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13 hours 9 minutes
Video Transcription
Hello and welcome to another penetration testing execution Standard discussion. Today we're going to be touching on persistence in the post exploitation phase of the pee test standard.
Now, remember that pee test videos do cover techniques and tools. It could be used for system hacking. So any tools or techniques discussed or demonstrated should be researched by the user and understood by the easier. Please research laws and regulations in your given area regarding the use of such tools Thio to ensure that you do not violate any applicable laws.
Now the objectives up today's discussion are going to be discussing the installation of backdoors.
Discussing the installation and or modification of service is and discuss the creation of accounts and how that looks within the standard. So jumping right in the installation of back doors. And so this could be the use of something like a covert channel. And so for those of you that don't know backdoors essentially a way to get back into a network,
and so the use of covert channels is one way to do that. So this is when the data's being sent through alternative routes such a void T and S tunnels icmp tunnels.
Http tunnels that could be used for data extraction from inside the network. We could use root kits, which is a type of mount where that typically hides itself on a system it's usually deployed. With the assistance of a Trojan,
we could set up a listener and essentially set up a script that calls out upon system startup and connects to the tester system or our system.
Now, in any method, used complex credentials to avoid compromise. So, in any method, used complex credentials to avoid compromise. If you use weak credentials or no credentials and you expose the client system, that could put you on the hook for damages. And we definitely don't want that. Now,
when we look at the installation and our modification of service is, don't make changes to critical service is the last thing you want to do is get on a system, make a modification to a critical service, crash it,
it needs to be rebuilt. Something happened, something's damaged or corrupted,
and then you're in a world of hurt. Do not make undocumented changes or modifications to service is document every single thing that you do with respect to changes to systems do not make changes using methods not to find in the rules of engagement. Just because you think it'll work just because you think it may be appreciated by my client.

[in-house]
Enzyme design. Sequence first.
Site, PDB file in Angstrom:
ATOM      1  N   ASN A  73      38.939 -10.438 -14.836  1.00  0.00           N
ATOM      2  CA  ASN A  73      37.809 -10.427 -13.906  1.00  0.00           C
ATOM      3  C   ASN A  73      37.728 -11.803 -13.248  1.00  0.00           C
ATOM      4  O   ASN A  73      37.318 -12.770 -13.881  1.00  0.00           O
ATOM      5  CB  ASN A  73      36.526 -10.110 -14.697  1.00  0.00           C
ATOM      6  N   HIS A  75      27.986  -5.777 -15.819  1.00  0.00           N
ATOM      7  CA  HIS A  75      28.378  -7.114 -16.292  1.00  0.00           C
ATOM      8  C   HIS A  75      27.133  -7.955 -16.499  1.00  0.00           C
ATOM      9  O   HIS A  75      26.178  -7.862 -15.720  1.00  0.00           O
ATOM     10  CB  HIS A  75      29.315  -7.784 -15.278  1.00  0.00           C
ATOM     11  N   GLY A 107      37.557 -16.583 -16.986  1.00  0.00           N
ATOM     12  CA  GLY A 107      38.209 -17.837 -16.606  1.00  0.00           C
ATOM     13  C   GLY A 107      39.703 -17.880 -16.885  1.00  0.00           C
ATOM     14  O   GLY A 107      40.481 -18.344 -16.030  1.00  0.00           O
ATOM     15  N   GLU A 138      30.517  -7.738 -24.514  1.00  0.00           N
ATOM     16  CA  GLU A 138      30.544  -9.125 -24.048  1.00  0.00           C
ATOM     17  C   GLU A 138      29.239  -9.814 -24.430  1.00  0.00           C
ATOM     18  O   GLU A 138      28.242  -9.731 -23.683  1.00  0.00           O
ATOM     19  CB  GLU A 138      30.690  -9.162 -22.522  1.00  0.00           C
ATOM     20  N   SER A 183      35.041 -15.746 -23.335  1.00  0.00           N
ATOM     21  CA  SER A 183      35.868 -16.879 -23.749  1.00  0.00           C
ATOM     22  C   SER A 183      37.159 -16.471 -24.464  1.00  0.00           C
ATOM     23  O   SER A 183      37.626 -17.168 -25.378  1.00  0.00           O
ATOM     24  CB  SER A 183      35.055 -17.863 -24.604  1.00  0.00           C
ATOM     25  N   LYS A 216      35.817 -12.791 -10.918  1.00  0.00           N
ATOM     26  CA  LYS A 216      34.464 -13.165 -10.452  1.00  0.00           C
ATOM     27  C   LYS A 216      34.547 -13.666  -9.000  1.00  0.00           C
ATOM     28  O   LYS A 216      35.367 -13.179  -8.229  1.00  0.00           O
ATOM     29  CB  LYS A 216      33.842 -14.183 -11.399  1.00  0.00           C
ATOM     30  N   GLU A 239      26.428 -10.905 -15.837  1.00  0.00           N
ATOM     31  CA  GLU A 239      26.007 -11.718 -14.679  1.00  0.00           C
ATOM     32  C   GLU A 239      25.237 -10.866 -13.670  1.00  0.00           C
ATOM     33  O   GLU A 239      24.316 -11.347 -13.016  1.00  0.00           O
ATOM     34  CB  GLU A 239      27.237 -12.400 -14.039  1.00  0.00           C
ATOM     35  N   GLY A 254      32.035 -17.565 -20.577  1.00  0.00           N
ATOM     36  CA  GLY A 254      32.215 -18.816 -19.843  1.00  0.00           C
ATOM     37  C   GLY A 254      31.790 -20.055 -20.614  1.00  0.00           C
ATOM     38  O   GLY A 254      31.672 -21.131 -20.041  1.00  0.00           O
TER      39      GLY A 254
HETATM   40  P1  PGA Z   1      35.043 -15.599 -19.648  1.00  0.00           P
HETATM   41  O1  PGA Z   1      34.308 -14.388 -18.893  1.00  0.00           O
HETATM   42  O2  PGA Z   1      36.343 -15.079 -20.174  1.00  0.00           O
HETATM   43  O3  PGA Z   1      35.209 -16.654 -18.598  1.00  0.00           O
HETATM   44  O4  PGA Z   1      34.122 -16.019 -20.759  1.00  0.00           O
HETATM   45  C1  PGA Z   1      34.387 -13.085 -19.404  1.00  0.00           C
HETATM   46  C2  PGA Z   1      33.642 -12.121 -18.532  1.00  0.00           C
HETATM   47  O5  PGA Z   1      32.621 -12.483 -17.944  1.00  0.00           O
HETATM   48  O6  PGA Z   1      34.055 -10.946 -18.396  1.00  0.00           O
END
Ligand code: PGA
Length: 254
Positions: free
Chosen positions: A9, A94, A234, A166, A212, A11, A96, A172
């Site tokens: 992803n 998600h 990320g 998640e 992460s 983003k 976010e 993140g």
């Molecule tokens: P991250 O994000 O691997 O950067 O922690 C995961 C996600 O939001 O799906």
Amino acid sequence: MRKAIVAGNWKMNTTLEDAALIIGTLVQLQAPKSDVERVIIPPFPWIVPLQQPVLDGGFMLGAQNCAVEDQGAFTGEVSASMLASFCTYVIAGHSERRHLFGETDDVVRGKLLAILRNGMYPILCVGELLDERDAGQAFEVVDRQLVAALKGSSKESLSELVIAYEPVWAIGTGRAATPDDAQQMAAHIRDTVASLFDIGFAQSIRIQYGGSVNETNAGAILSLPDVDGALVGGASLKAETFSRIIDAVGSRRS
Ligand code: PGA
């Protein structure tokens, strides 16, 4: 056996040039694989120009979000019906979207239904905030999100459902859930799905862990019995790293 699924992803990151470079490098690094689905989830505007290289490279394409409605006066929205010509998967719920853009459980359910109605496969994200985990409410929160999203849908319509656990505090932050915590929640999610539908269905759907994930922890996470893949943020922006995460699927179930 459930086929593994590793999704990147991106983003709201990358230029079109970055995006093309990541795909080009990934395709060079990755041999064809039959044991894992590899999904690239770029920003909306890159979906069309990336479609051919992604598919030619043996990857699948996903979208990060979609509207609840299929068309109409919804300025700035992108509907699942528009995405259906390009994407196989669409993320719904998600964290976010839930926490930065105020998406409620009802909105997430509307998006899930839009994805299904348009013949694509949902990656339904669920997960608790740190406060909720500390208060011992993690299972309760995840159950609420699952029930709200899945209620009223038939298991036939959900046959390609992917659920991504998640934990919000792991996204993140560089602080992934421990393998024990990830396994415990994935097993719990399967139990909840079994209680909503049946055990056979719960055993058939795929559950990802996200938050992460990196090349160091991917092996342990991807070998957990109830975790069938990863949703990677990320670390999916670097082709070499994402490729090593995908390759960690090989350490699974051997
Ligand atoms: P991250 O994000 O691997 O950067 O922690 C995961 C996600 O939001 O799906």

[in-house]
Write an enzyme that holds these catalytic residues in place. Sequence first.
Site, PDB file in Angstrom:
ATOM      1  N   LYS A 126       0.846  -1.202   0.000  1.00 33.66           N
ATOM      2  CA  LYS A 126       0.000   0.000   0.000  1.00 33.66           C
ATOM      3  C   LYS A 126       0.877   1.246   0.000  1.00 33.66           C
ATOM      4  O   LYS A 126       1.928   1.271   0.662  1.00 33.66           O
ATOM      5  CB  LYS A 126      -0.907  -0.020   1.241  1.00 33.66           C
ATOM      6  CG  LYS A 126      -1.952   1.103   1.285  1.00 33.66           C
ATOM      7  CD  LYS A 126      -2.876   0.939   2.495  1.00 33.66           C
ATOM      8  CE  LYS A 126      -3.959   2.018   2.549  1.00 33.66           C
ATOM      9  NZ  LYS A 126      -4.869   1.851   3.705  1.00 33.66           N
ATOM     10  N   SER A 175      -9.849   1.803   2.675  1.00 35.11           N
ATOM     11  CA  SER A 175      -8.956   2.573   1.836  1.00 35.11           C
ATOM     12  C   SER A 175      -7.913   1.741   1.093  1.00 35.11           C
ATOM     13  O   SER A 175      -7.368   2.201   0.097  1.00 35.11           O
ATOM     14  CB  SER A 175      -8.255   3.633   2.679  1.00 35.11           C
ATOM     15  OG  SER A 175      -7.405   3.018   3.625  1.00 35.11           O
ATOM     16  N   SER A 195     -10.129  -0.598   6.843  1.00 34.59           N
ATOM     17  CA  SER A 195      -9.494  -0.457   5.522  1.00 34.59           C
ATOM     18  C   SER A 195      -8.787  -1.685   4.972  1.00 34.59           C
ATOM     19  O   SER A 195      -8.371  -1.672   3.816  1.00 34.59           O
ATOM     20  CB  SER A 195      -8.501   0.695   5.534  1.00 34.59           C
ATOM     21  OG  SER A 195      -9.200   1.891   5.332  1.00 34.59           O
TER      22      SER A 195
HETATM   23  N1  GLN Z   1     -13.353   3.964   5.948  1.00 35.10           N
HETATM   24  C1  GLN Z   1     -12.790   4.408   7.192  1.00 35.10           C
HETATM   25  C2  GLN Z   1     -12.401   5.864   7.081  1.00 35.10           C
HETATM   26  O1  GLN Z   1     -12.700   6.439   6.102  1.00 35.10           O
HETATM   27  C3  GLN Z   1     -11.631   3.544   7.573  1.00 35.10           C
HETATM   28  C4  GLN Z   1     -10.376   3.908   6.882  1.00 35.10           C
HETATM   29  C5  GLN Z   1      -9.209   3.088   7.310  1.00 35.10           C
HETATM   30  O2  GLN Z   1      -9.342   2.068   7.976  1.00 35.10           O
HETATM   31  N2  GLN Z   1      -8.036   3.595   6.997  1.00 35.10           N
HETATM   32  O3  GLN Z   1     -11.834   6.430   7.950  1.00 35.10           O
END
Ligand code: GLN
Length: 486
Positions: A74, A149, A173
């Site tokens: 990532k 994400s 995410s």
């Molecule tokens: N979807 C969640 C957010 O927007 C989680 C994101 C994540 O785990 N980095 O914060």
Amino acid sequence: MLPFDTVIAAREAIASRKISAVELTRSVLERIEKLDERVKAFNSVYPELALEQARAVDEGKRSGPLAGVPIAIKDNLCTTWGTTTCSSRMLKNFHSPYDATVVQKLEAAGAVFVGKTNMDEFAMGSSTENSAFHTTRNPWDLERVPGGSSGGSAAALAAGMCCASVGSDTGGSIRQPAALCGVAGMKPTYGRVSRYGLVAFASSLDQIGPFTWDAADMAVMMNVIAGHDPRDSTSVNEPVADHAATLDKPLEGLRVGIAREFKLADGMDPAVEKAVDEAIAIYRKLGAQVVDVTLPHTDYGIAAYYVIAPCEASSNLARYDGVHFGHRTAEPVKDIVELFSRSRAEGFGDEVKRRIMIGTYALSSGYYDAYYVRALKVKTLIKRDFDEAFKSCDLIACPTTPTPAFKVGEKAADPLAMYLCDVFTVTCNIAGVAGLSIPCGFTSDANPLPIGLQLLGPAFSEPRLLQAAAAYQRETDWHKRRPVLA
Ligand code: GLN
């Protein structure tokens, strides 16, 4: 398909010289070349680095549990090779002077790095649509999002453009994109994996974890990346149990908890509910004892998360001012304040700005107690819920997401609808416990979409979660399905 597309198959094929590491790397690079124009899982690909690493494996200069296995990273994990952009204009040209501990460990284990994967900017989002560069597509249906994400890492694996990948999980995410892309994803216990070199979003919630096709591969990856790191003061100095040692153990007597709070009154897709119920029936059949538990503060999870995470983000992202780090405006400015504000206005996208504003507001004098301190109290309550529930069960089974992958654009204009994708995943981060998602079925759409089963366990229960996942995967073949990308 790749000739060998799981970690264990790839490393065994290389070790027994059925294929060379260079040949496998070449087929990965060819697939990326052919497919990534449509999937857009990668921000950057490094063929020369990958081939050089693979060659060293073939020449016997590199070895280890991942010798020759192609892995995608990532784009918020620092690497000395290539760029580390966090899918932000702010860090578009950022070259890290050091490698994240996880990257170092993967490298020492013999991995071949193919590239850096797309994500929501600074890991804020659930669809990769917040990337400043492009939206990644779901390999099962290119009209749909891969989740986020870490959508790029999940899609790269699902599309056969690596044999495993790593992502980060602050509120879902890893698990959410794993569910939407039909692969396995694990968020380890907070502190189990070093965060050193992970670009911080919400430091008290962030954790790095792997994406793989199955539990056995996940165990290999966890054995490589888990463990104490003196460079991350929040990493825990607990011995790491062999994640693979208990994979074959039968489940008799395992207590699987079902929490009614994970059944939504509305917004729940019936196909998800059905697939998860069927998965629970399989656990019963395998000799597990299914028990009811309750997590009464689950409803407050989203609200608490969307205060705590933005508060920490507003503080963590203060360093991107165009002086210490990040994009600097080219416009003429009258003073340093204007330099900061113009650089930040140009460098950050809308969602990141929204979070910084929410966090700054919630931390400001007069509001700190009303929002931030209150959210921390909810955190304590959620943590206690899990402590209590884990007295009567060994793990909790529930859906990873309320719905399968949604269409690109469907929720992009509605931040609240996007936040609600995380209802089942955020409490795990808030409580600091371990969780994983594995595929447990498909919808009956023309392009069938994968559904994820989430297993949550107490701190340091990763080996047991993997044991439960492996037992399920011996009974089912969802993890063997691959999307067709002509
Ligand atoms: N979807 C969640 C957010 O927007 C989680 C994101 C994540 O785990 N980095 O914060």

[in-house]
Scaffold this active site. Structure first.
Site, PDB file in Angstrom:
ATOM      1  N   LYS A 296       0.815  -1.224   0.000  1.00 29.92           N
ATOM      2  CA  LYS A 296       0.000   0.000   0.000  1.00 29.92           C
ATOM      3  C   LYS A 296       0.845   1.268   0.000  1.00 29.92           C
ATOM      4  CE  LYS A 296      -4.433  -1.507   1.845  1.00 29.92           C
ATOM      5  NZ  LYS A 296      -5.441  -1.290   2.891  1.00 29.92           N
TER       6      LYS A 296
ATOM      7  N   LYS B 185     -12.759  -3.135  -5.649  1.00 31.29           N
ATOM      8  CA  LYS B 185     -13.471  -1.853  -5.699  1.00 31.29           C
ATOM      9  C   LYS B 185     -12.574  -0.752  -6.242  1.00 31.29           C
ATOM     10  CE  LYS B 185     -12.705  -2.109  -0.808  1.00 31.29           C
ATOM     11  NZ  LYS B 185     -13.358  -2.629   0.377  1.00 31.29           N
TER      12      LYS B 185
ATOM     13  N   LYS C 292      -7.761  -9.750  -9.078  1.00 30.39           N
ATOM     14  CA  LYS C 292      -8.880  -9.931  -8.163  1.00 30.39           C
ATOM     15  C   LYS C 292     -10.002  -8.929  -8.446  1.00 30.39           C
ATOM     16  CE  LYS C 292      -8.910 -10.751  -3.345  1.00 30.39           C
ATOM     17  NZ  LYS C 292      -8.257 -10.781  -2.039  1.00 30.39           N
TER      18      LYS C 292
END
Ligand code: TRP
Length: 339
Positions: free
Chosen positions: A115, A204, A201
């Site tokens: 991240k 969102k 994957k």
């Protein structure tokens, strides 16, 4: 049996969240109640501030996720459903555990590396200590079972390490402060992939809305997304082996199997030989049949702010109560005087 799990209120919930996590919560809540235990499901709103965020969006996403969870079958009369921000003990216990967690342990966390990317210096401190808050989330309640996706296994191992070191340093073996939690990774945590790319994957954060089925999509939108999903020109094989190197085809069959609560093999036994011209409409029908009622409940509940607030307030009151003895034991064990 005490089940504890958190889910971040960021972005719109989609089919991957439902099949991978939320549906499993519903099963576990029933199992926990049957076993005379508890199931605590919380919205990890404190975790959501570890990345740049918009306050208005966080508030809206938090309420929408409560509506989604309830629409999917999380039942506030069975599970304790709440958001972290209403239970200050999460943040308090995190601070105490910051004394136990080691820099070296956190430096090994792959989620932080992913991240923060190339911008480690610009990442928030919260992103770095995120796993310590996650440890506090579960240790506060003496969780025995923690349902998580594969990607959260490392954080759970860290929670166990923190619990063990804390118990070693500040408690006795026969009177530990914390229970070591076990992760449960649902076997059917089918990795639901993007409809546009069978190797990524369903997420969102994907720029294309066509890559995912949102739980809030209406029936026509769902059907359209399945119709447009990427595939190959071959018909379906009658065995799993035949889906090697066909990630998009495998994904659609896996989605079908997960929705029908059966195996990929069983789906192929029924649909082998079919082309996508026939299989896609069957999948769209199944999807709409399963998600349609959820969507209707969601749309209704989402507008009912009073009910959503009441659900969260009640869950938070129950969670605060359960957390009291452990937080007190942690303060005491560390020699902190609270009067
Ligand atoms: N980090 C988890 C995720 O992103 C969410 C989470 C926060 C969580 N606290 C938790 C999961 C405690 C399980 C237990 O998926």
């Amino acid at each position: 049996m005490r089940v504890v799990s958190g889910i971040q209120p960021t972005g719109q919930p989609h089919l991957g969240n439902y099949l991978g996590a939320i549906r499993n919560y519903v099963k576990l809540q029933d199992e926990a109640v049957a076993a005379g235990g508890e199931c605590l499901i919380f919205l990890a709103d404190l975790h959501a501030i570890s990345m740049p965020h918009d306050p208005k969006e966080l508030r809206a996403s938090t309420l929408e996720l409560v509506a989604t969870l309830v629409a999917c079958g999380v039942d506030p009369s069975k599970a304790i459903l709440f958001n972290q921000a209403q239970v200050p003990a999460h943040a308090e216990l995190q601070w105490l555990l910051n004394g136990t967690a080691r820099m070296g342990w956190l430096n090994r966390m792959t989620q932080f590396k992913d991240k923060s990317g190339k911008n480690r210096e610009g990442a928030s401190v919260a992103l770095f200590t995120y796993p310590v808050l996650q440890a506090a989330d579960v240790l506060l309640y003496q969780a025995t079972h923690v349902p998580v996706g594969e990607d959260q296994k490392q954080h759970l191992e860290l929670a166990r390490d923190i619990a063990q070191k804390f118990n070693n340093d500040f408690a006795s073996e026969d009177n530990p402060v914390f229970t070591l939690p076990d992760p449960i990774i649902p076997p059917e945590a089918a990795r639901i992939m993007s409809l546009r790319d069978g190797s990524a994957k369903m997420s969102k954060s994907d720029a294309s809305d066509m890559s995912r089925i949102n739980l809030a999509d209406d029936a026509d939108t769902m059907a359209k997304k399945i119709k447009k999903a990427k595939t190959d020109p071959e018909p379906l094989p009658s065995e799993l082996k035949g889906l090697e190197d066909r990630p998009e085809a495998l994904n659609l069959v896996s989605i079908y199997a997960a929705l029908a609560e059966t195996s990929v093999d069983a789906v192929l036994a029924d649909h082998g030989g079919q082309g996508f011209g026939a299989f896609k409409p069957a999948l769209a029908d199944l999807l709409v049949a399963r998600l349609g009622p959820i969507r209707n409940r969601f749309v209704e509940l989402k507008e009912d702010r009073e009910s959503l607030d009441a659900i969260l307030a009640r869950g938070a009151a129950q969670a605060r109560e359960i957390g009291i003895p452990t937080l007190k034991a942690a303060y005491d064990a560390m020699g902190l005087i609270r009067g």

If it's not covered by the rules of engagement, you do it.
You're liable for anything that happens. At that point, it's on. You do not install software that could leave a system vulnerable to attack. So while you may be able to put something on a system that would allow you to then access the system later and maintain persistence,
you don't want to do harm to the client. So if you can't put protection mechanisms in place to keep that particular application secure,
or to hide it and keep other Attackers from finding it. If the network may be compromised and we don't know,
then you know don't do it if you can't do those things at a minimum.
Now, creation of accounts used accounts that are not obvious to detection mechanism, so you know, don't use administrator, don't use commonly or do not enable commonly known accounts like guests. The last thing you want to do is again having attacker find admin administrator or guest and you've got a week password on it and they
brute force it. Now
a real threat actor is in. Do not set up accounts with weak credentials. Do not modify service accounts or administrative account credentials.
Help you if you do. Modifying administrative account that is tied to 60 70 80 100 different systems and all of them stopped working and they start crashing. They start having issues.
Don't modify service accounts, administrative account credentials. You can cause a lot of trouble for an organization, and overall, we want to avoid doing damage to the organization and thereby avoid doing damage to ourselves.
Now let's do a quick check on learning
so true or false, back doors should be set up with simple credentials to ensure that they can be accessed later.
All right, so if you need some additional time to look through the question, please pause the video. So this is a false, false, false, false statement. Back doors should never be set up with simple credential sense.
You should set them up with complex credential sets and ensure that you keep them as secure as possible. If you set up a back door. Was with
basic credentials or no credentials and a threat actor gets into that system and wreaks. Having it is on you. At that point, that would be a bad day at the office. Now let's go ahead and summarize everything we talked about the day. So we touched on back doors at a high level in some ways that we could keep persistence and systems
we talked about. The installation and or modification of service is,
and we discuss creation of the count's really throughout this, just focusing on some things that we don't want to do and some things we would want to do as far as security, any accounts and making sure that we keep our clients safe. So with that in mind, I want to thank you for your time today, and I look forward to seeing you again soon.
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